This is sobering to think about…
Our third point:
3. Encouragement/Edification @ ALL TIMES
A third reason God’s gives His people local congregations is so they can have a group of people to encourage them and to edify them. I love the word edification. The word was commonly used at the time to talk about building a structure, but in the New Testament, especially in the epistles, it is used figuratively to talk about how Christians work in each others lives to help one another grow. Consider two passages that show this.
First, . In this passage, Paul is instructing the Thessalonians about the day of the Lord — and he encourages them to live as children of light and to live with hope. Paul closes this section saying this:
“Therefore encourage one another and build one another up, just as you are doing.” (, ESV)
A second passage: . In this context Paul is talking about how Christians need to live with each other peacefully even when there are different opinions among the church. He tells them what they need to focus on in verse 19:
“19 So then let us pursue what makes for peace and for mutual upbuilding.” (, ESV)
God desires that His people to be stirred up and helped by one another to grow spiritually so they can be able to fulfill their responsibilities in the kingdom as individuals, and we see in this passage that this is something that we all have a responsibility to do: Paul says to pursue “mutual upbuilding.” This is not just for the elders and the evangelists. It is for everyone. Each one of us should seek to be built up and each one of us should seek to build others up.
And this is something we need to do for one another, not just when we are here in the building, but at all times. The Hebrews writer says in :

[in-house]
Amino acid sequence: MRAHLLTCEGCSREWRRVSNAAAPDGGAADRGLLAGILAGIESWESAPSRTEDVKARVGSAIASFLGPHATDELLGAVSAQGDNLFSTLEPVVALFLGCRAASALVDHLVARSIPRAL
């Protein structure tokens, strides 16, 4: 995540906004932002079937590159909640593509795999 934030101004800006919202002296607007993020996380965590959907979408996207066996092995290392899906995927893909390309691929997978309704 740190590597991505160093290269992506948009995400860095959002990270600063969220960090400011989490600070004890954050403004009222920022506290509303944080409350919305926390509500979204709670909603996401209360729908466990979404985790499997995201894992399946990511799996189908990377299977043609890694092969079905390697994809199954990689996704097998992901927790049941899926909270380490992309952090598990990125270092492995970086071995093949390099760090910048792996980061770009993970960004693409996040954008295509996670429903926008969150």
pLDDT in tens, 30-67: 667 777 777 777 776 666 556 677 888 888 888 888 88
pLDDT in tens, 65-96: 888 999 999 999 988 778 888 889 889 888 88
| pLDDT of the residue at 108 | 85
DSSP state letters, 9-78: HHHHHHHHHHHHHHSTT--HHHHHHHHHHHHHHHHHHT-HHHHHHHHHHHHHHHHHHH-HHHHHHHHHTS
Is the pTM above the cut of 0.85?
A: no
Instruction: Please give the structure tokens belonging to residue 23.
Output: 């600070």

13 But encourage one another day after day, as long as it is still called “Today,” so that none of you will be hardened by the deceitfulness of sin.”
We all need encouragement every day, and we all need to encourage one another.
And when we do come together, our time together is not about just being an audience and watching things going on. Our goal needs to be to find ways to encourage and help each other spiritually. The Hebrews writer shows us this:
“And let us consider how to stir up one another to love and good works, not neglecting to meet together, as is the habit of some, but encouraging one another, and all the more as you see the Day drawing near.” (, ESV)
This passage gives us the principle that we need to give some forethought regarding how we can encourage our brothers and sisters in Christ when we come together. This is one of the main reasons why we are here.
At least five times in the , Paul tells the Corinthians that when they gathered together as a church, their goal needed to be to build one another up.
In spite of the fact that local congregations, including us, have a stage and spotlights, we don’t come to this building to be an audience watching a performance. We are not spectators that are here just for what we can get out of it. We are here to do something for God’s people — our purpose in being here is to stir one another up to love and good works.
Let’s stop here and pick up on our next point in our third hour.
Here are some questions I would like us to consider about ourselves as a local congregation of Christ’s people:
Are you and I “devoted to the fellowship”? () Do we show our devotion to one another and the relationship that the Lord gave us with one another?Do we limit our service to our brethren to only what happens in our meeting place, or do we show our love for one another at other times also? Do we show in our actions that we believe that God’s people are only priests a few hours per week or all week? Do we try to find ways to encourage and edify one another outside of our assemblies? Do we deal with sin when it is known, or do we “sweep it under the rug,” tolerate it, or allow it to continue? Are we doing what is necessary to show love for the souls of our brothers and sisters here? Or, as is often the case, are we too afraid of upsetting people to do God’s will in trying to bring someone back to the Lord?
These are all responsibilities that we as Christians have towards those we work with and worship with. I would encourage you to examine your own life and ask yourself if you are showing the kind of devotion to the relationships that the Lord has given you in Christ that you should be showing.
Related Media
Related Sermons